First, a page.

Regional councilors approved an update to the official regional growth plan for 2051 through a committee. The plan is expected to be formally adopted by the council in Thursday’s vote.
The plan calls for higher density housing with 121,000 housing units expected to be built over the next 30 years.
The region’s population is expected to reach 923,000 by 2051.
Not everyone at the committee meeting agreed with the proposal. Councilor Michael Harris expressed concern about the lack of housing for families.
“The need for diversity in the housing stock is going to be critical,” Harris said. “We also know that building intensified areas in our downtown area don’t offer the combination of two and three bedroom units.”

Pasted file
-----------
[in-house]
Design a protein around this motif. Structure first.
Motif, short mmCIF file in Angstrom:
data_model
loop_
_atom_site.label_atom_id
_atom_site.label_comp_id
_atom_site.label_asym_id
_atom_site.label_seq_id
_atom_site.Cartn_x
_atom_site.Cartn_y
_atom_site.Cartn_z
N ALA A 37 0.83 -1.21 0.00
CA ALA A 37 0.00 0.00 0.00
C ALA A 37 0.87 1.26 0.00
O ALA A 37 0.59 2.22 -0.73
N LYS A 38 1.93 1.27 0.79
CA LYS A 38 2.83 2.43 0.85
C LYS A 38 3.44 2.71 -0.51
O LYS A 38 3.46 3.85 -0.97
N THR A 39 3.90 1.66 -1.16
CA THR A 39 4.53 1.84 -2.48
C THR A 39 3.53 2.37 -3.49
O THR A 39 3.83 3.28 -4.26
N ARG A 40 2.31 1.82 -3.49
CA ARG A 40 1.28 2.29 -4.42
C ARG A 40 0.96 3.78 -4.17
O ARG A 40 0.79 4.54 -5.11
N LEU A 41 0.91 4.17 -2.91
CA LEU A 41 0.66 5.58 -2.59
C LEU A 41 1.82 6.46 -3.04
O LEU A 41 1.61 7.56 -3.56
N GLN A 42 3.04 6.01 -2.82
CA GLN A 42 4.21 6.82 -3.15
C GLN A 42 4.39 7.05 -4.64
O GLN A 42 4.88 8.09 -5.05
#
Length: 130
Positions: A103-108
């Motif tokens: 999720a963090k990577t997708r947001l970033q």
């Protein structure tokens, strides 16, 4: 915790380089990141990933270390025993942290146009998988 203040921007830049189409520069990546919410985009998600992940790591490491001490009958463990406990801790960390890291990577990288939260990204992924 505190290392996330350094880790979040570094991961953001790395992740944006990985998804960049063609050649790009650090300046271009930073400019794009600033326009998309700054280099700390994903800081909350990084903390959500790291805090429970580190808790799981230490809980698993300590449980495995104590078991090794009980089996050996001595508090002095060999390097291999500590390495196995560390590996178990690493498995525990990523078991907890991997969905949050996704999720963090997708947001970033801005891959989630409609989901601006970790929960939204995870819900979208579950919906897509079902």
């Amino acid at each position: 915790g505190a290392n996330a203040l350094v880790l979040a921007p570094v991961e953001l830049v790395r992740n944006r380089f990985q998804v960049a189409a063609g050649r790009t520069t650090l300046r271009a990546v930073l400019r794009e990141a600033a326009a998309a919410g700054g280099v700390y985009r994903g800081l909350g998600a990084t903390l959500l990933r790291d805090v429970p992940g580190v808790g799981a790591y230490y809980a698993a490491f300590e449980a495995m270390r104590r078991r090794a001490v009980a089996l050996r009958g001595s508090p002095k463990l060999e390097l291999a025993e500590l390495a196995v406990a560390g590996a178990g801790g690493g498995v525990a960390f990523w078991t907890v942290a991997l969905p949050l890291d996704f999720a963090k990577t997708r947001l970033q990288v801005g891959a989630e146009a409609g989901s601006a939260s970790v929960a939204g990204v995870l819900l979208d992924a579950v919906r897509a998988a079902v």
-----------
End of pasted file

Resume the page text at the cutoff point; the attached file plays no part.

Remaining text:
One of the other aspects of the plan is for 15-minute quarters. These are designed so that people can reach everything they need without traveling more than 15 minutes.
Kevin Thomason, vice president of the Grand River Environment Network, explained why he thinks it’s beneficial.
“You’ve got a grocery store, you’ve got a place to shop, you can get your medicine or a doctor’s appointment,” Thomason said. “Ideally, how can you do that without even getting in your car? »
The engagement process for the plan included community input and discussions with the Six Nations of the Grand River and the Mississaugas of the Credit First Nation.
Once the council has formally approved the plan, the next step is to send it to the province for final approval.